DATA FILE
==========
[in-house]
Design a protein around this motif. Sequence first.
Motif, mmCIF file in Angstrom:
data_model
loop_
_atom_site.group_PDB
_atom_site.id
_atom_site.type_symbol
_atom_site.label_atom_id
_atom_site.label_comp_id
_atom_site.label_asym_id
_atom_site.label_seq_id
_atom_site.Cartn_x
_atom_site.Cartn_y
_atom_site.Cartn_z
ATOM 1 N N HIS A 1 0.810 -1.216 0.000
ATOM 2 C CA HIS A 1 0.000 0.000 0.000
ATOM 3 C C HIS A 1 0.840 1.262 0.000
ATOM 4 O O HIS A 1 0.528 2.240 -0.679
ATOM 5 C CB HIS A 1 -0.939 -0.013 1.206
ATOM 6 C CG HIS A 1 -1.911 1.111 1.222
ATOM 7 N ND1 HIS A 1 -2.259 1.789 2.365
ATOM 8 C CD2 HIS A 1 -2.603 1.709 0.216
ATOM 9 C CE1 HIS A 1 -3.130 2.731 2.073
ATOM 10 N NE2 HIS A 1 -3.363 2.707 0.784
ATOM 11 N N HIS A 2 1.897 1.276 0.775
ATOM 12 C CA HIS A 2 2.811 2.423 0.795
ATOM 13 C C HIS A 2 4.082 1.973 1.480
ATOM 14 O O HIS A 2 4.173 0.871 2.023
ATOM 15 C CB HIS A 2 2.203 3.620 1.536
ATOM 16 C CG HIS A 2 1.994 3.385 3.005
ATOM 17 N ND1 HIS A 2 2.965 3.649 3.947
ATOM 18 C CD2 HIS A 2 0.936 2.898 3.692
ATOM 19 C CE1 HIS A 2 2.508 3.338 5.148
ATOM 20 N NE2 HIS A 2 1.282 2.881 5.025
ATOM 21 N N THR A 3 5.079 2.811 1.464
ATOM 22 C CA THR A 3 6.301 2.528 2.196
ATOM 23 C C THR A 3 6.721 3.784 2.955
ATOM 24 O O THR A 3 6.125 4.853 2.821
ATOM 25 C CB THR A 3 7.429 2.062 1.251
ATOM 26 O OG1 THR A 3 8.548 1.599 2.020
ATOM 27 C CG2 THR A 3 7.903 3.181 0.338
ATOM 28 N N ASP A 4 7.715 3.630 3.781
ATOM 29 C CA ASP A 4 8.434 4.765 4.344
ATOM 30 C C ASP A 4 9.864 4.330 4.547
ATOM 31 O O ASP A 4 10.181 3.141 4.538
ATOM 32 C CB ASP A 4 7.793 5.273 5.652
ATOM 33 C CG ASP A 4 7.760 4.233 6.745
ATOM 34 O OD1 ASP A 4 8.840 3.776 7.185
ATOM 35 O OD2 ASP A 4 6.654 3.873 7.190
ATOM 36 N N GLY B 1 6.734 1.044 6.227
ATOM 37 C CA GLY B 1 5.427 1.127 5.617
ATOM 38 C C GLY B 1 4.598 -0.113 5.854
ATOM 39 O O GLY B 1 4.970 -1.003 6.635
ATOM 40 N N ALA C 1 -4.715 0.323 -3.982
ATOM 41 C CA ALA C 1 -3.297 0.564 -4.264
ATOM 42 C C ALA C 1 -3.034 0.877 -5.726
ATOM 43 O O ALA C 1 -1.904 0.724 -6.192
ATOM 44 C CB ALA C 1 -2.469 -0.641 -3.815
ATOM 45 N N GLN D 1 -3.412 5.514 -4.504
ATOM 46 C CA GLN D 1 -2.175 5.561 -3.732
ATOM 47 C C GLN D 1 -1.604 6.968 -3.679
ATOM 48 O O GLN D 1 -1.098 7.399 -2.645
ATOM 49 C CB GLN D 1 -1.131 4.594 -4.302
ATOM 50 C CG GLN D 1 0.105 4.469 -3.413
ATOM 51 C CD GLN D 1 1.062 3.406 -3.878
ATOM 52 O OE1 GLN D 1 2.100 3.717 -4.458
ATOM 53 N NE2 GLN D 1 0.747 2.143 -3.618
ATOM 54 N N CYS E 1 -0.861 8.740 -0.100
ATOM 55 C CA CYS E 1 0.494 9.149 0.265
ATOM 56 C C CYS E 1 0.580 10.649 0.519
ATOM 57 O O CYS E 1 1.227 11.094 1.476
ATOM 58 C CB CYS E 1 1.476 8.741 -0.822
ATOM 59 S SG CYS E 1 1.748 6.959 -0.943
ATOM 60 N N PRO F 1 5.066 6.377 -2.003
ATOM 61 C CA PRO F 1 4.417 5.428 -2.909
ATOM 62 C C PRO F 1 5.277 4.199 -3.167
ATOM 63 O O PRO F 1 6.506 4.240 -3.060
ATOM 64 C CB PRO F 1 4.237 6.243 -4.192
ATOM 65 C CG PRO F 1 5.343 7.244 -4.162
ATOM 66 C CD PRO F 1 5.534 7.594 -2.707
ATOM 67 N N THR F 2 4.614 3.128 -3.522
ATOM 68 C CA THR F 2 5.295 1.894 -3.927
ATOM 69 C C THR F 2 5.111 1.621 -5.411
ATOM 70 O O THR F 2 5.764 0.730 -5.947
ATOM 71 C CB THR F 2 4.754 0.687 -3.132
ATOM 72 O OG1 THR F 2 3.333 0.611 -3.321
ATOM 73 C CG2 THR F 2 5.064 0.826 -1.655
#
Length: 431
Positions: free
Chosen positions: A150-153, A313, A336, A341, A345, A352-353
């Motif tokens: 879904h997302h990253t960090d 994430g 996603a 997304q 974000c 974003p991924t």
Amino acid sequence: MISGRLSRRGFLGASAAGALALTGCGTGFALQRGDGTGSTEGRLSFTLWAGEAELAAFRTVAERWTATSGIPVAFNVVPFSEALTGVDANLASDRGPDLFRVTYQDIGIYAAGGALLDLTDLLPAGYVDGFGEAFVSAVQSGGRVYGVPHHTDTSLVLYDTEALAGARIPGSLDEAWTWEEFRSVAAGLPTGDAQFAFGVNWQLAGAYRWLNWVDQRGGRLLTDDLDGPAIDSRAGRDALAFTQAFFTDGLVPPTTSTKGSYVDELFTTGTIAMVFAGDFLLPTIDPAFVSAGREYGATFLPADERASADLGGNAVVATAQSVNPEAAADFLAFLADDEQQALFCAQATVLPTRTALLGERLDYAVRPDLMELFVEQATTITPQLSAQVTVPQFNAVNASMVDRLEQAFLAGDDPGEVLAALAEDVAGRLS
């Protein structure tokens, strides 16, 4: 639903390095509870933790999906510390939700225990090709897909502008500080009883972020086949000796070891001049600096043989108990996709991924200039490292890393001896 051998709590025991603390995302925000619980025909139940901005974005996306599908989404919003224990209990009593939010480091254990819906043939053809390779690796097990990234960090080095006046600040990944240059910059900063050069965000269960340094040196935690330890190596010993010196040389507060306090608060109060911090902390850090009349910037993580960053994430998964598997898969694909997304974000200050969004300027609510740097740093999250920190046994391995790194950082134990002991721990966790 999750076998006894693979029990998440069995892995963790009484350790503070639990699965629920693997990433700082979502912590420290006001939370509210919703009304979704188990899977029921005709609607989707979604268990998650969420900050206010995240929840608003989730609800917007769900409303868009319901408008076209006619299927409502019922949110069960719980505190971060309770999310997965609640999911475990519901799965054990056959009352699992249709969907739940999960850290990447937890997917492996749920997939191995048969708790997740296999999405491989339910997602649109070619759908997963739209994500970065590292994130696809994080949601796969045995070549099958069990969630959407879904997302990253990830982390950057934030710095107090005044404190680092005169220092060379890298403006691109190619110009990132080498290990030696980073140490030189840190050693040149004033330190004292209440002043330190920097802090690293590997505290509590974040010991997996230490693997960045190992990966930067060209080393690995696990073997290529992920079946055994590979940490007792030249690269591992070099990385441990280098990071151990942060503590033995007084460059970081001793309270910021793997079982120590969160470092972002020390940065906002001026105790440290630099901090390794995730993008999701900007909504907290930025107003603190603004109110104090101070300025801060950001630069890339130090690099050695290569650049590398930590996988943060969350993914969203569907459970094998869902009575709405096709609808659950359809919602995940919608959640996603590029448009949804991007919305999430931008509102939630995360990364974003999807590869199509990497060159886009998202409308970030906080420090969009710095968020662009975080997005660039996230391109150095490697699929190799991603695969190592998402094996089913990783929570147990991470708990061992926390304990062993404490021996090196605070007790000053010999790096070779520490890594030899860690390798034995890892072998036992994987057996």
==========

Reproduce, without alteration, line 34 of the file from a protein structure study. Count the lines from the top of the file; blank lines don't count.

ATOM 19 C CE1 HIS A 2 2.508 3.338 5.148